This is yet another entry in a set of posts about things that I tell my sisters. It may not make much sense to you if you do not come from the same place as my sisters and I do.
What I tell my sisters about Pope Benedict’s resignation.
Shortly after I walked in the door from work, one of my sisters announced that she and my other sister wanted me to tell them why the Pope quit.
It is not so much that Pope Benedict is quitting, as he is dedicating himself to prayer and making space for someone else to lead the Church. The Pope is old and sick and tired. Before Pope Benedict was pope, he watched John Paul II get very sick. He saw, perhaps as closely as anyone possibly could, how the Church continued on without the Pope’s active leadership, even though there was technically a pope since John Paul II was still alive. Pope Benedict knows more than we ever could about how not only the Church as a whole, but the Vatican itself works, and what it means to have a Pope who cannot fulfill his responsibilities due to deteriorating health.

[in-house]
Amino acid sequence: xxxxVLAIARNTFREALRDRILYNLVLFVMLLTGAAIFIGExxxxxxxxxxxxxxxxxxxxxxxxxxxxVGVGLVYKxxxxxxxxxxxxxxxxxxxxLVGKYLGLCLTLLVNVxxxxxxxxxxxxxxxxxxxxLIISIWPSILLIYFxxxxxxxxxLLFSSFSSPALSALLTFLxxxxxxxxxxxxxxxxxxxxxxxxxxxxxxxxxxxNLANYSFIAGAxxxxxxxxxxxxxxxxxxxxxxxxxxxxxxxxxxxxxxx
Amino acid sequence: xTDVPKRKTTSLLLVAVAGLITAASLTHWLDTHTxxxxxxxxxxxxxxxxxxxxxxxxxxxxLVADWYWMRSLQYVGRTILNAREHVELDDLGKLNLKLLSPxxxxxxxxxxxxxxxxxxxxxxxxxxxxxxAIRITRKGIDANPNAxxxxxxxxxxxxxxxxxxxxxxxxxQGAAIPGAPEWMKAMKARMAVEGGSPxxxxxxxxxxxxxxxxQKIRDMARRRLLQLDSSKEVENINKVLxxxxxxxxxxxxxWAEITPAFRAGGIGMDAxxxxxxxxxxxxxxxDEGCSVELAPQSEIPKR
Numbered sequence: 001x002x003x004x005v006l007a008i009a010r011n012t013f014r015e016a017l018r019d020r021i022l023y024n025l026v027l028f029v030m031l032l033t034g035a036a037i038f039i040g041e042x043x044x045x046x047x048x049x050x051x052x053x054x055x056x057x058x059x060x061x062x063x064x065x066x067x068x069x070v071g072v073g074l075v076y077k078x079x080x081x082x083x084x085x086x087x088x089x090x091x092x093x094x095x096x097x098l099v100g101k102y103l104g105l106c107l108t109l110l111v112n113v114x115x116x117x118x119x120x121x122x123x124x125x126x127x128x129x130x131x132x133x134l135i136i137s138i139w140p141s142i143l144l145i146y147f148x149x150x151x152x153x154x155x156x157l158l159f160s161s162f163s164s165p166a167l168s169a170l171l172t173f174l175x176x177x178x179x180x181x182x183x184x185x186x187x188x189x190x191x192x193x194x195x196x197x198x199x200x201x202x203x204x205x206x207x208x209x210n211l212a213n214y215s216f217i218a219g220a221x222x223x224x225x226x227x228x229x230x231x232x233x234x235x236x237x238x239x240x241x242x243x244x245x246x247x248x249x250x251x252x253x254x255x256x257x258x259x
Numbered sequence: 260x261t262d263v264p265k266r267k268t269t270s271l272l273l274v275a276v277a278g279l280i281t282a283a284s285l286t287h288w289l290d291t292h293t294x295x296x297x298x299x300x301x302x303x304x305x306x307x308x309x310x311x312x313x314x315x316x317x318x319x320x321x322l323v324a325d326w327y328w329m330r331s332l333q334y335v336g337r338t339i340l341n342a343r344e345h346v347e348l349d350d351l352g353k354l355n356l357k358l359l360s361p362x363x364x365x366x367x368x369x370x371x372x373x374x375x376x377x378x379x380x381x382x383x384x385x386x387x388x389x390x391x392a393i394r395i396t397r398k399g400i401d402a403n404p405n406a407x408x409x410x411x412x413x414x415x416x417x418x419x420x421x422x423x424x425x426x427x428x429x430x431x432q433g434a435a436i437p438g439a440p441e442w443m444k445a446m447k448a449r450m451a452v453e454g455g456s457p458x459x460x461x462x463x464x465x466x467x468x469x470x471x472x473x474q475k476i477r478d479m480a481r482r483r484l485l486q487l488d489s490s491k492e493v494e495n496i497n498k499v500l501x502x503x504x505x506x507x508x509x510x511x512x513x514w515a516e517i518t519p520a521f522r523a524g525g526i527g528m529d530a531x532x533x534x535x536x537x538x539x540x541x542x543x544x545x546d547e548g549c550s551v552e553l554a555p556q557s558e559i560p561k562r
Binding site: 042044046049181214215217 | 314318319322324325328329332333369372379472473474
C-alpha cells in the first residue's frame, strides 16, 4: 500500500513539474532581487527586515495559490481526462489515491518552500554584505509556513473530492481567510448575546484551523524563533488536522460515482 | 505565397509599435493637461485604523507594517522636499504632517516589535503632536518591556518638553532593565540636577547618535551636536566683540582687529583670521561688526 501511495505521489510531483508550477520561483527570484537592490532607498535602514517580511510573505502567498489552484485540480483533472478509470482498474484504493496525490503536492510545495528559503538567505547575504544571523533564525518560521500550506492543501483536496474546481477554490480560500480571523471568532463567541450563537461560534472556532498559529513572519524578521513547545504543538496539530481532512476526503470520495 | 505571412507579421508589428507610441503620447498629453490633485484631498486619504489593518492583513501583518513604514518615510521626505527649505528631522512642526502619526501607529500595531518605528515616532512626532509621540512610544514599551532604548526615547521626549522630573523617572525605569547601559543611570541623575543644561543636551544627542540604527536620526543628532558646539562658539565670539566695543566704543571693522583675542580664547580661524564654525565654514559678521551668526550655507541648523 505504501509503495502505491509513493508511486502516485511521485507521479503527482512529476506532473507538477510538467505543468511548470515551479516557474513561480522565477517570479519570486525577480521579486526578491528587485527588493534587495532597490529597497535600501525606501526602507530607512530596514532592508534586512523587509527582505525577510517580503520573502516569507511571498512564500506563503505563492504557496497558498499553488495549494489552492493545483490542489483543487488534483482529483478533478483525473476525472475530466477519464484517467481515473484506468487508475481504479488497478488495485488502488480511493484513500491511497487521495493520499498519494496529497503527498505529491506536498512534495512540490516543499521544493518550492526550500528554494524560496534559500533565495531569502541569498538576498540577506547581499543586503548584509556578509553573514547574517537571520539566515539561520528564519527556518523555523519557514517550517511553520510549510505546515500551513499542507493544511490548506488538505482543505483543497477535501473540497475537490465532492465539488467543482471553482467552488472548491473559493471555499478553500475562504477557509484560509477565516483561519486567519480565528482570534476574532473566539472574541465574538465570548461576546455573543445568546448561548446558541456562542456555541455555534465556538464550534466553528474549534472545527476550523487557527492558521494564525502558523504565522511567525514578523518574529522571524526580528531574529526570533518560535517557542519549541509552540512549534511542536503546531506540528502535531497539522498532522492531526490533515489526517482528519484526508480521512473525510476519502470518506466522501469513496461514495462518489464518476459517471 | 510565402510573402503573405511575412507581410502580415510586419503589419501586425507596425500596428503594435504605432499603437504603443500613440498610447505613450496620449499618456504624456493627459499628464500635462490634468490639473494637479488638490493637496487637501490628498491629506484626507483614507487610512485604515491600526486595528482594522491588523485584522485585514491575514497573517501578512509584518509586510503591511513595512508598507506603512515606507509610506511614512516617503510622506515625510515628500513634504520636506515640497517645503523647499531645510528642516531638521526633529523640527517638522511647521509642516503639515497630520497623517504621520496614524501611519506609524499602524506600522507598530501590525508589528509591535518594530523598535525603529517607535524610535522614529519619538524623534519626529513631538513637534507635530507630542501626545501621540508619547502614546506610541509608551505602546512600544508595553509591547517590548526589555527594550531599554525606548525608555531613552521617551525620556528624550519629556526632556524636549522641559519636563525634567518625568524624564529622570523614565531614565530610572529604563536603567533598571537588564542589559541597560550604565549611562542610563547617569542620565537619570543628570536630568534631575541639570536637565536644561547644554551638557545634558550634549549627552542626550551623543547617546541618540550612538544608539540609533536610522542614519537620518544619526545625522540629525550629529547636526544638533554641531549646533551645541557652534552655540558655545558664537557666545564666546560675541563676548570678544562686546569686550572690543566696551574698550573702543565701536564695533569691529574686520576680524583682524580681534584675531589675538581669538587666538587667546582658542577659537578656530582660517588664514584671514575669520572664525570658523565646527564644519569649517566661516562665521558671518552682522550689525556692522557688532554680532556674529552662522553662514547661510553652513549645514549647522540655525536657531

In general, bishops resign at the age of 75, and cardinals over the age of 80 do not vote when it is time to choose the next pope. Pope Benedict is 85 years old. He is the bishop of Rome, and as such, he has special rights and responsibilities. But any other bishop would have been relieved of this tremendous burden years ago. The Catholic Church does not generally teach that leaders are to be crushed by the weight of their duties until they are dead.
Canon law holds that “A diocesan bishop who has become less able to fulfill his office because of ill health or some other grave cause is earnestly requested to present his resignation from office.” No one can require the Bishop of Rome to resign. Everyone should accept with humility the decision of the Bishop of Rome to act with humility in declaring what is best for the Church due to the limitations of his health.
Lent is a time of penance and change as we make our way to the joys of Easter. The suffering involved with this transition is wonderfully timed for this season. It is a perfect time to thank God quietly for the gift of the papacy and of Joseph Ratzinger’s incredibly lengthy ministry.